Authentic movement and mirroring as two important techniques in dance and movement therapy
Every individual that comes to therapy is unique and has a different style of communication. Although using verbal language sounds natural and is usually seen as the main form of self-expression, spoken language often may not be enough to convey feelings, especially those deeply buried, that lay in the unconsciousness or are too painful to be vocalised out loud. One of the aims of therapy is to assist the client in their self-expression and provide a space where healing can happen. It is important to have the right therapeutic tools, especially when language fails, and when there is a sense of feeling stuck. The therapist may use a number of other techniques, including nonverbal, to “more fully enhance each person’s abilities to communicate effectively and authentically.” (Malchiodi, 2013 p:1)
The authentic movement also called “movement in depth” and “active imagination in movement”, invites one to enter the inner world of the psyche through natural movement and can be practised in individual and group settings (Stromsted, 2009). “The mover/ client closes (their) eyes, waits, and then, witnessed by her therapist/witness, moves in response to body-felt sensations, emotions, memories, movement impulses, and/or images. The witness provides a safe, contained, and receptive presence, maintaining an awareness of her mover’s bodily expression as well as her own embodied experience” (Stromsted, 2009, p:2). The analysis happens after the process, the mover and therapist give each other feedback on the experience, bringing awareness of symbolic expression.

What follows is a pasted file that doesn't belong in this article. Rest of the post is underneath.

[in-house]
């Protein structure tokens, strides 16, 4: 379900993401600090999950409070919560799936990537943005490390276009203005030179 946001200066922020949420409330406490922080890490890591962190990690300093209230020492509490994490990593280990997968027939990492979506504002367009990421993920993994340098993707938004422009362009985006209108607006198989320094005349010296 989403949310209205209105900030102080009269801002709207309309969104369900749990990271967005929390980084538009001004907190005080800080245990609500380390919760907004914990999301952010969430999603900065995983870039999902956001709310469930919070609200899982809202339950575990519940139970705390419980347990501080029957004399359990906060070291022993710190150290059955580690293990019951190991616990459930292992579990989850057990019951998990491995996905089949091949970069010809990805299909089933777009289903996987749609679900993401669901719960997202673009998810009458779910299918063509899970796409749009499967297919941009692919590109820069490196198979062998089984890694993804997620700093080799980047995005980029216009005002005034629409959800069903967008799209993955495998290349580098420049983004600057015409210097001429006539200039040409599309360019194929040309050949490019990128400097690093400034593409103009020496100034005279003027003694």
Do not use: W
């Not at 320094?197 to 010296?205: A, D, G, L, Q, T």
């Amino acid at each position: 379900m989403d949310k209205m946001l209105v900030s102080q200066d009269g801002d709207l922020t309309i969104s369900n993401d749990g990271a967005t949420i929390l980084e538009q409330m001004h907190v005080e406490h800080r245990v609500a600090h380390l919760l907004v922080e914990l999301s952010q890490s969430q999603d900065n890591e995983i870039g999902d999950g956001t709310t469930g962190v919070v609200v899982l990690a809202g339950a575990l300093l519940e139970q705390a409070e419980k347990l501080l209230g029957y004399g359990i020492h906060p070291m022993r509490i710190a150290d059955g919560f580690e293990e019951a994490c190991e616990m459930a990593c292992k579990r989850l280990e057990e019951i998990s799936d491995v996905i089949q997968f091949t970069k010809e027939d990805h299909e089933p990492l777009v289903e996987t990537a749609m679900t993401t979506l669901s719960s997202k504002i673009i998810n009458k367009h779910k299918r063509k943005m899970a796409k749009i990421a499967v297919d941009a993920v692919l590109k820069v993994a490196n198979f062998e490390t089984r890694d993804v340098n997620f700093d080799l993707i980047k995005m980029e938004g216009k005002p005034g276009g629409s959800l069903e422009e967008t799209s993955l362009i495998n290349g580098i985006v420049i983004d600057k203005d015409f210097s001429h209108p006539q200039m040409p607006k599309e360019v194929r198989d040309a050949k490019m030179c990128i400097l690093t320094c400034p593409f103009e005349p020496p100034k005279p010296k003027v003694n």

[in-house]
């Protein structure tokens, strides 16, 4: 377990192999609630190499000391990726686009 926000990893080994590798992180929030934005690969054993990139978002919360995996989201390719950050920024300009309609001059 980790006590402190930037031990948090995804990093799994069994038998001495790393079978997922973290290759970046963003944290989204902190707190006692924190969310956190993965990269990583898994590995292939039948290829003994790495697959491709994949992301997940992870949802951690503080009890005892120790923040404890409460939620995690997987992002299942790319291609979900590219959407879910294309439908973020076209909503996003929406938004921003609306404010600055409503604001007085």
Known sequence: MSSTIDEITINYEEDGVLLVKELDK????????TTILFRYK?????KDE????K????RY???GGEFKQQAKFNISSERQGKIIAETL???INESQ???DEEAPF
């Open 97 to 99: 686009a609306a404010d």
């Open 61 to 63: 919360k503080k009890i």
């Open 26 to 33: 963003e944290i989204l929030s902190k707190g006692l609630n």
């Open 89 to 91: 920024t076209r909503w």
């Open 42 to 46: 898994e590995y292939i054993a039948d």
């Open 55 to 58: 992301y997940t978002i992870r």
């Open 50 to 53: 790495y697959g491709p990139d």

Another significant approach in DMT (dance & movement therapy) is mirroring. This requires the active engagement of the therapist and the mover. A shared understanding and empathy deepen the relationship by encouraging the opening up of emotions. Mirroring in DMT is an “active interaction” (Karkou, 2004) between the two. Mcgarry et al. describe mirroring as an exercise that deepens the level of empathy, it enhances “understanding of others’ emotional intentions through enhanced use of mirror neurons circuitry”. The therapist mirrors the qualities of the patient's movement, by echoing or responding to the emotional aspect of the movement, in order to relate and open up an emphatic dialogue.
Karkou, V., (2004) Forming therapeutic relationships in Dance Movement Psychotherapy: The Role of Mirroring, Interdisciplinary Panel 2: Kinaesthetic Experience and Embodied Practices.
Malchiodi, C. A. (Ed.). (2013). Expressive therapies. Guilford Publications.
McGarry, L. M., & Russo, F. A. (2011). Mirroring in dance/movement therapy: Potential mechanisms behind empathy enhancement. The Arts in Psychotherapy, 38(3), 178-184
Stromsted, T. (2009). Authentic Movement: A dance with the divine. Body, Movement and Dance in Psychotherapy, 4(3), 201-213,
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